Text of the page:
Course/Module description: The course is aimed at supporting research track Glocal students in writing their dissertations. It will consist of a single group meeting followed by one-on-one sessions—in person, over emails or through videoconferences, as requested by the student. Read more about Individual guidance - Thesis writing
The main purpose of this course is to teach student to understand the basics steps in the research process. We begin with an explanation of research design so that students can see how a research question may be answered. Once the framework for research is established the students will learn some basic statistics for describing variables and the relationships between variables. Read more about Research Methods for Development
This course focuses on the identity construction processes of refugee communities and asylum-seekers, and places them within the broader political and strategic dynamics typical of the contemporary ‘age of migration’. Read more about Refugees & Development
Gender and development constitutes its own academic sub-field and has proven to be an enduring international policy and planning focus since the 1970s. With this in mind, the foundational questions that underlie this course are: • Why should the issue of gender constitute a legitimate planning tradition in its own right? • Why do the proliferating numbers of policies and plans for action in gender and development often fail to be implemented? • How do transnational relationships shape trends in gender and development? Read more about Gender and International Development
Social entrepreneurship is a growing field of practice and of academic research. The course will discuss the differences between social and commercial entrepreneurship. Furthermore, it will grapple with the challenge of increasing social value utilizing theories of innovation that were developed in the commercial sector.
The Glocal Seminar is an annual, compulsory seminar. It will consist of six-seven meetings each semester. The first semester will be devoted to the theme related to International Development. Some of the sessions will be conducted by guest lecturers: we will meet activists in the realm of development who will share some of their dilemmas, as well as scholars who are engaged in research into these issues.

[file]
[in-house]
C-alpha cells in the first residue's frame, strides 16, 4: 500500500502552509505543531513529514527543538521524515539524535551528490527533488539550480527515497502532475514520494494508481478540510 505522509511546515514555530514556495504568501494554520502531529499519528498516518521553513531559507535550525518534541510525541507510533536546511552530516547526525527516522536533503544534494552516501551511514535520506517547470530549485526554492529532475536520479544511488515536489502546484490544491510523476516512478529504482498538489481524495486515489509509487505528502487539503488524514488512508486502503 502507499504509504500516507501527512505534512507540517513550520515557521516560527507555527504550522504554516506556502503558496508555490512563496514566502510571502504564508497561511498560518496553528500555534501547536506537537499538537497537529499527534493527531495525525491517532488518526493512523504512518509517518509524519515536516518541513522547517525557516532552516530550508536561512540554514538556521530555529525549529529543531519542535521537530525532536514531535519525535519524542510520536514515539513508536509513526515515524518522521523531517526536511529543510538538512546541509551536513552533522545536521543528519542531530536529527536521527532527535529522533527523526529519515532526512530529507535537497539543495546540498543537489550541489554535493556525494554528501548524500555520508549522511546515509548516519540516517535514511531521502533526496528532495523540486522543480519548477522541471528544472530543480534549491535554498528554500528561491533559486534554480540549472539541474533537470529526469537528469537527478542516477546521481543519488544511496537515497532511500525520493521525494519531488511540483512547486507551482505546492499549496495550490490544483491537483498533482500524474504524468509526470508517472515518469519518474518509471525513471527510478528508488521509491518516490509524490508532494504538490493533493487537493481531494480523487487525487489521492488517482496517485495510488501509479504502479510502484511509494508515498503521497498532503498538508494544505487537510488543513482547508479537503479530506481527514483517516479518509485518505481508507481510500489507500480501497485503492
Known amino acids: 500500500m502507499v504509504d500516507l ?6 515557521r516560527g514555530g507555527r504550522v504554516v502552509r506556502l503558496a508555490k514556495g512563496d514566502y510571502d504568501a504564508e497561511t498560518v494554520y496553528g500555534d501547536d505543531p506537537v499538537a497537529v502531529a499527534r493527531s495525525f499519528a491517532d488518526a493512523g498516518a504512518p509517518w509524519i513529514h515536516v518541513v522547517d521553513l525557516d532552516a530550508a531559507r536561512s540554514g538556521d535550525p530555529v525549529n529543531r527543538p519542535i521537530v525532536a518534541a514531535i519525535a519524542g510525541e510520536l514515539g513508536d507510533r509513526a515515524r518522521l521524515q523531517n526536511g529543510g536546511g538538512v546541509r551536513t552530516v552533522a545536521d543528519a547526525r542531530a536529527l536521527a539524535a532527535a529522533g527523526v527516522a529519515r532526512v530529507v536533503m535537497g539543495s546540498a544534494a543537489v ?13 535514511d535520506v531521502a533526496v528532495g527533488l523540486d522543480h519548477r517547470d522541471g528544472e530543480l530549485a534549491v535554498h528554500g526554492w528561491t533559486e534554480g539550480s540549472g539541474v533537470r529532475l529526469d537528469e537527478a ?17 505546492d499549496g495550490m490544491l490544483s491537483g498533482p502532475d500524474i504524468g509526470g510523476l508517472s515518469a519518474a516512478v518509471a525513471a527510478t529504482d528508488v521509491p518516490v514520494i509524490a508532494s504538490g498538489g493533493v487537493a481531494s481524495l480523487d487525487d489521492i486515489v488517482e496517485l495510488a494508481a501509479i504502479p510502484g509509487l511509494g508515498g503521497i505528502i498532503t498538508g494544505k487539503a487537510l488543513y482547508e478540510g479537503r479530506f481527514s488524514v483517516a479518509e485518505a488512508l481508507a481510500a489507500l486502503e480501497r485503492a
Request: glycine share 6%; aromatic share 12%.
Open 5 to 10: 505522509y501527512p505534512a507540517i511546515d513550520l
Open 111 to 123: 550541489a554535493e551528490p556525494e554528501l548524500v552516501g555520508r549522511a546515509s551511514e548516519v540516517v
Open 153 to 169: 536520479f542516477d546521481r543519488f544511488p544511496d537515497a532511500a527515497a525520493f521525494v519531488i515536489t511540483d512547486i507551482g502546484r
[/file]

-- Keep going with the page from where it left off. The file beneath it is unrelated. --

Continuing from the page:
The course will introduce feminist theories from the global South and North, and explore the role of gender in social, cultural and economic processes. We will consider gendered social constructions, and the relationship between ideology and disenfranchising practices in everyday lives. The course will begin with an introduction to the field of gender, sexuality and feminist thought, following we will examine matrixes of oppression in the South and gender and globalization. Read more about Gender and Feminism – Theory and Practice
Using case studies drawn largely but not exclusively from Sub-Saharan Africa, this course explores the challenges and complexities of delivering health in under-resourced settings. Over the past sixty years, various development models and policies have been applied locally and globally. We will critically examine the theory and practice that underlies what has become ‘global health’ within an evolving development framework.Read more about Development and Global Health: A Critical Approach to Theory, Policy and Practice
This course explores how qualitative research—characterized as inductive, non-statistical, interpretive and exploratory—constitutes social science research. It walks students through the steps of academic research with a qualitative focus: How to identify a robust research question, choose an appropriate data collection method and research design, address research bias, gain first-hand experience applying methods during a unique, two-day, off-campus research practicum, and finally, transform field data into academic text through preliminary analysis.Read more about Qualitative Research Methods
This reading course examines the link between spatial planning and social policy. Classroom discussion centers on short articles in English that look at the experience in Israel and internationally, including in developing countries.Read more about Spatial Justice and Cities
This research methods course provides students with intensive knowledge of the theory and practice of program evaluation research with an emphasis on its practical relevance for local community development organizations, national and international agencies, funders from the public, private, third sectors, and other policymakers.Read more about Program Evaluation for Community Development and Social Change
The course is practice oriented. It links local development approaches (Assets Based Community Development - ABCD, Results Based Accountability - RBA, The Leaky Bucket concept within the framework of Local Sustainable Economic Development - LSED, The Triple Helix Approach for innovation) to project design methodology and implementation through identifying a small scale development project with a selected organization relevant to developing countries' realities, and implementing at least a component of the project during the semester. Read more about International Development in Practice: Approaches, Challenges and Skills